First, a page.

"Sometime late last year -- I don't remember when, exactly -- I noticed I was having trouble sitting down to read. That's a problem if you do what I do, but it's an even bigger problem if you're the kind of person I am."
Thus begins a marvelous essay that was printed in the Los Angeles Times last Sunday by David Ulin, book editor for the times. The essay is called "The Lost Art of Reading," and I recommend everyone who cares enough about the subject to read it.
It's a topic that I've been wanting to write about for several weeks. I find myself reading less and less nowadays. Now, I know why I'm reading less and less. That's a no-brainer. It's everything that fills up most of our days: work, driving, errands, keeping up a house and, in my case, a very large yard, walking dogs, keeping up with emails, facebook, and after that, trying to have some kind of social life. Time was when I could read for at least a couple of hours every day: one hour in the morning when I get up; another hour at night. Now I do spend the mornings reading, but many times it's the newspaper, which may or may not be a satisfying experience. As far as the evenings go, forget it. I'm lucky if I get 15 minutes in before I fall asleep.
But what disturbs me is that when I look at the distractions I listed above, I'm having a hard time deciding whether or not I want to give up any of these for reading. Now that's scary. I have to have a house because of having two large dogs and actually I prefer a house to a condo. So doing away with yard maintenance isn't an option. Also I don't want to give up my garden. Work, my dogs, my social life, emails, are all necessities. I have sworn off Facebook on occasion, but I find myself sneaking back into the kitchen to take a quick look ("Has anyone commented on my post?"). And that in and of itself can be distracting. And addicting.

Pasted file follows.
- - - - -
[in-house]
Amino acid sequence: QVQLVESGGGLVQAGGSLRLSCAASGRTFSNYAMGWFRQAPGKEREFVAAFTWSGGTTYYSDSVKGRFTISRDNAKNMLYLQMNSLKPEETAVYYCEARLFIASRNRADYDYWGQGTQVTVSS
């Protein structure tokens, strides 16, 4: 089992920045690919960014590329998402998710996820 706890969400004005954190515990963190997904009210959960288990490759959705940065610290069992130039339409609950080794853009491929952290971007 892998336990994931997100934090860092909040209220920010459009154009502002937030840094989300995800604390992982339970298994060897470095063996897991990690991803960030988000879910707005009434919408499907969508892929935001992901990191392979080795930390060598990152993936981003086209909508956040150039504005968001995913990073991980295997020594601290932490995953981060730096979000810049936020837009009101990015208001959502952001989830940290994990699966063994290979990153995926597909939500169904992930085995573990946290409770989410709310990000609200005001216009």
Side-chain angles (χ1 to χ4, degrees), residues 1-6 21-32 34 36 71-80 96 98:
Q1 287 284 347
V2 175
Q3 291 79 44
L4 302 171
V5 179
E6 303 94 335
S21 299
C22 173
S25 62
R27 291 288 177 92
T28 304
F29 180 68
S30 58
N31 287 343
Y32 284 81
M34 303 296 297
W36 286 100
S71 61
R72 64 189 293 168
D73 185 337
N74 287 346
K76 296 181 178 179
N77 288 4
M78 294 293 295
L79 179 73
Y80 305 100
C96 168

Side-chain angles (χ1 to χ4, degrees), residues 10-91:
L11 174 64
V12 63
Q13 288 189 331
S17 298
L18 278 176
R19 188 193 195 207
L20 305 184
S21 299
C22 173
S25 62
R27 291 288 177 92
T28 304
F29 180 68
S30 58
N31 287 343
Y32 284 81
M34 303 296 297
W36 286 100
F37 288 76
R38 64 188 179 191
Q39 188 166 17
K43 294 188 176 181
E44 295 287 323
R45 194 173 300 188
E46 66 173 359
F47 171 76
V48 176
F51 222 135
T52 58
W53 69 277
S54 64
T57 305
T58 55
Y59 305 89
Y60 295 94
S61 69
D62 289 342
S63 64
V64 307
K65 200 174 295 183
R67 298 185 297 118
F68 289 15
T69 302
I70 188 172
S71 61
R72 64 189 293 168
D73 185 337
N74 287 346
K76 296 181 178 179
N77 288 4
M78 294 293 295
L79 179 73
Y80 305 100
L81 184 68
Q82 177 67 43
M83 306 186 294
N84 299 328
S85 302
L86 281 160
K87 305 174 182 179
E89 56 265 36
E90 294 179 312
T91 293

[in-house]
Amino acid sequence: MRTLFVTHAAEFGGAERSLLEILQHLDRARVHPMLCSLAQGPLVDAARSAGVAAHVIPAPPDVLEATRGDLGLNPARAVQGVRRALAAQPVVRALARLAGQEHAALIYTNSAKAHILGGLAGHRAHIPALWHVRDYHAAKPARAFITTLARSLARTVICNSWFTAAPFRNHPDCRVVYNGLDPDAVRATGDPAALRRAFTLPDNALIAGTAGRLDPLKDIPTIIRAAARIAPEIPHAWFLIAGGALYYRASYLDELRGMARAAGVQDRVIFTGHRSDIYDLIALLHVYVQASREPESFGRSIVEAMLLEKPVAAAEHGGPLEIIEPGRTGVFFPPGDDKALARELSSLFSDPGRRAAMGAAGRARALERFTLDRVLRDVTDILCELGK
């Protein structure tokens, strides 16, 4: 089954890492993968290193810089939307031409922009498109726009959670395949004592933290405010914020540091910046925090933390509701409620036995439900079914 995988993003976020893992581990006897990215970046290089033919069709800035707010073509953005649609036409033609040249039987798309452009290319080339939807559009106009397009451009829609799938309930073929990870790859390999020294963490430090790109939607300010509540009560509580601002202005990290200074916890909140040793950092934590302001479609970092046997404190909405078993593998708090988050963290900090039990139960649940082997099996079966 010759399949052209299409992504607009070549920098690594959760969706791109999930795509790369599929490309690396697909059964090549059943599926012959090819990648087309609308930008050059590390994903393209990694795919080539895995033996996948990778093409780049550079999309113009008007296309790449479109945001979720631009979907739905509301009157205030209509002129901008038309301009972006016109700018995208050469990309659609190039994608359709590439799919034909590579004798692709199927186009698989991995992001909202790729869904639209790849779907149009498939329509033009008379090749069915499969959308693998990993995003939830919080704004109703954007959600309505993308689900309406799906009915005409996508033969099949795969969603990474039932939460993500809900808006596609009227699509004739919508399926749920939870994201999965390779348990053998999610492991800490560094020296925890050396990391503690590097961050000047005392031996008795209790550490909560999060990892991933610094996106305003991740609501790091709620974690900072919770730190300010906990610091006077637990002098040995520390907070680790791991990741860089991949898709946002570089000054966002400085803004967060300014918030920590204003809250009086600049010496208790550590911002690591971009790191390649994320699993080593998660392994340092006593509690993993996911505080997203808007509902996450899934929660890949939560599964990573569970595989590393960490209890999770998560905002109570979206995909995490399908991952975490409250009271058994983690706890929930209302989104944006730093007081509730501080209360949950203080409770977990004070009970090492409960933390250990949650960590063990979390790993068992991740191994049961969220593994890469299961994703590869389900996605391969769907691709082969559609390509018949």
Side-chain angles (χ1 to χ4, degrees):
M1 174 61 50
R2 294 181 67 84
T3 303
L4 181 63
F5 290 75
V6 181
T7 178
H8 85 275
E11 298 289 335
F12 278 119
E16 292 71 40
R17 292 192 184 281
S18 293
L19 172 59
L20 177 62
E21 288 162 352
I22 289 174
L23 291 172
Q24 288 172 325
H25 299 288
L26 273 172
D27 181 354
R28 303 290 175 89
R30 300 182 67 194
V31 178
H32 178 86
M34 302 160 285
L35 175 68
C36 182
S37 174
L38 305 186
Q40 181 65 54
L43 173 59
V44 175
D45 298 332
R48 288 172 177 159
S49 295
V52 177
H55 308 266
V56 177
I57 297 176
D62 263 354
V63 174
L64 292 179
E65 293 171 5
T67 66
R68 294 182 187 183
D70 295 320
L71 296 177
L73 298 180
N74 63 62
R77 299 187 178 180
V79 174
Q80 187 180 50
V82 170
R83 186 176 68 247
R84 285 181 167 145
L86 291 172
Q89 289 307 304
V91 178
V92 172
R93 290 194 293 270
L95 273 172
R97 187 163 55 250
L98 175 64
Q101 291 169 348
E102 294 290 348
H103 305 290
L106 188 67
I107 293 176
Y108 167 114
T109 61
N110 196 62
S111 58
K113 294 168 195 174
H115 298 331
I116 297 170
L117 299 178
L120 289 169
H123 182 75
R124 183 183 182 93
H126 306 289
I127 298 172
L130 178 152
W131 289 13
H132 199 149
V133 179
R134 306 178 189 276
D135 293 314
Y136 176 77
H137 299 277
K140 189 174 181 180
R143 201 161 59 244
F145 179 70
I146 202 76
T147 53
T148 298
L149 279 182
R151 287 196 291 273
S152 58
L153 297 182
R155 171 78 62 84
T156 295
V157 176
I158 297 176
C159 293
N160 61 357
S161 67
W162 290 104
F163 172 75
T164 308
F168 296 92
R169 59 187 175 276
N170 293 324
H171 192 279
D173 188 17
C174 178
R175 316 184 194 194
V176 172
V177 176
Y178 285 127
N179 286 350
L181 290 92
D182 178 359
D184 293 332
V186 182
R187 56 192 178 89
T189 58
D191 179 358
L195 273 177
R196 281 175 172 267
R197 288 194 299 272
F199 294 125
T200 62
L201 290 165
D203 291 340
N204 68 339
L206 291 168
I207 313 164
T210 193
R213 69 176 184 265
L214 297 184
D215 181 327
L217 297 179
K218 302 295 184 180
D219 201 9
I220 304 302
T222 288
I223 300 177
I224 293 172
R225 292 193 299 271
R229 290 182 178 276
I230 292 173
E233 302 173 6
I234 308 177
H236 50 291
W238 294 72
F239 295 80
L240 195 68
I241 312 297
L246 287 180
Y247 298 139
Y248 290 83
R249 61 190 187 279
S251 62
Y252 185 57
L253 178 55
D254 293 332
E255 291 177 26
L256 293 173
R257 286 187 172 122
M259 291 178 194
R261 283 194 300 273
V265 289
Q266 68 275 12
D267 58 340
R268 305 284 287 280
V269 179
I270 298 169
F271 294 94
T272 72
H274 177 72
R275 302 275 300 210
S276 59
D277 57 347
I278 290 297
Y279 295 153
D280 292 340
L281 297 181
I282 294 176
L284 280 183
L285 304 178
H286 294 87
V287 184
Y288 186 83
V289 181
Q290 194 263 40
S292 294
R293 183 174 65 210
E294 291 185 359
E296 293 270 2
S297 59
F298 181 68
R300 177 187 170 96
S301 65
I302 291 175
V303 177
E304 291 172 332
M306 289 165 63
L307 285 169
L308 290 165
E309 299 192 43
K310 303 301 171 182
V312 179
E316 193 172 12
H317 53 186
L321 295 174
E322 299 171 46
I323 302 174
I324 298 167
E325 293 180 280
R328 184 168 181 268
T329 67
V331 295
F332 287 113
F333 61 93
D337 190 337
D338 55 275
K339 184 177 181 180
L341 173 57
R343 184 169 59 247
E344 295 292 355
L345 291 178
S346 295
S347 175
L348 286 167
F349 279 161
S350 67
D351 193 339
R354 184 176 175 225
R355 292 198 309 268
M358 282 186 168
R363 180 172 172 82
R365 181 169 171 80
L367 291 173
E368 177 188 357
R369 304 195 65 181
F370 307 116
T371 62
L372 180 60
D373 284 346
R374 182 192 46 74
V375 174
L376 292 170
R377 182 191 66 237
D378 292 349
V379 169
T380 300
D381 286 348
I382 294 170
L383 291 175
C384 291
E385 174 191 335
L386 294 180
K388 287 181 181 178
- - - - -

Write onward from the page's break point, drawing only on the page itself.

I think the turning point for me was when I bought my first house back in 2002. I immediately was swept up in house painting, gardening, refurbishing, whatever. Add to that the fact that the only houses I could afford were located in an area 45 miles away from work. Overnight my commute went from 30 minutes a day to 3 hours. I had entered that twilight zone of home ownership: where people go when they want to own a home, where they spend 20-30 years of their lives getting up at 4 a.m. to get on the freeway and not getting home until 9 p.m., and spending your entire weekends sleeping off the commute and working....around the house.
Well, I got out of that, and now I'm renting. I work from home, so I only have a commute one day a week. I have someone come and cut my lawns now every two weeks. And I still don't have time to read.
I was reading another blog recently, Gary Dobb's fine blog The Tainted Archive, in which this subject was discussed. A lot of people commented that they read on the trains to work. But that isn't an option for people in the Los Angeles area, because of our very limited mass transit operations.
I'd like to hear other people's feedback on this. And don't forget to read Ulin's essay in the Times.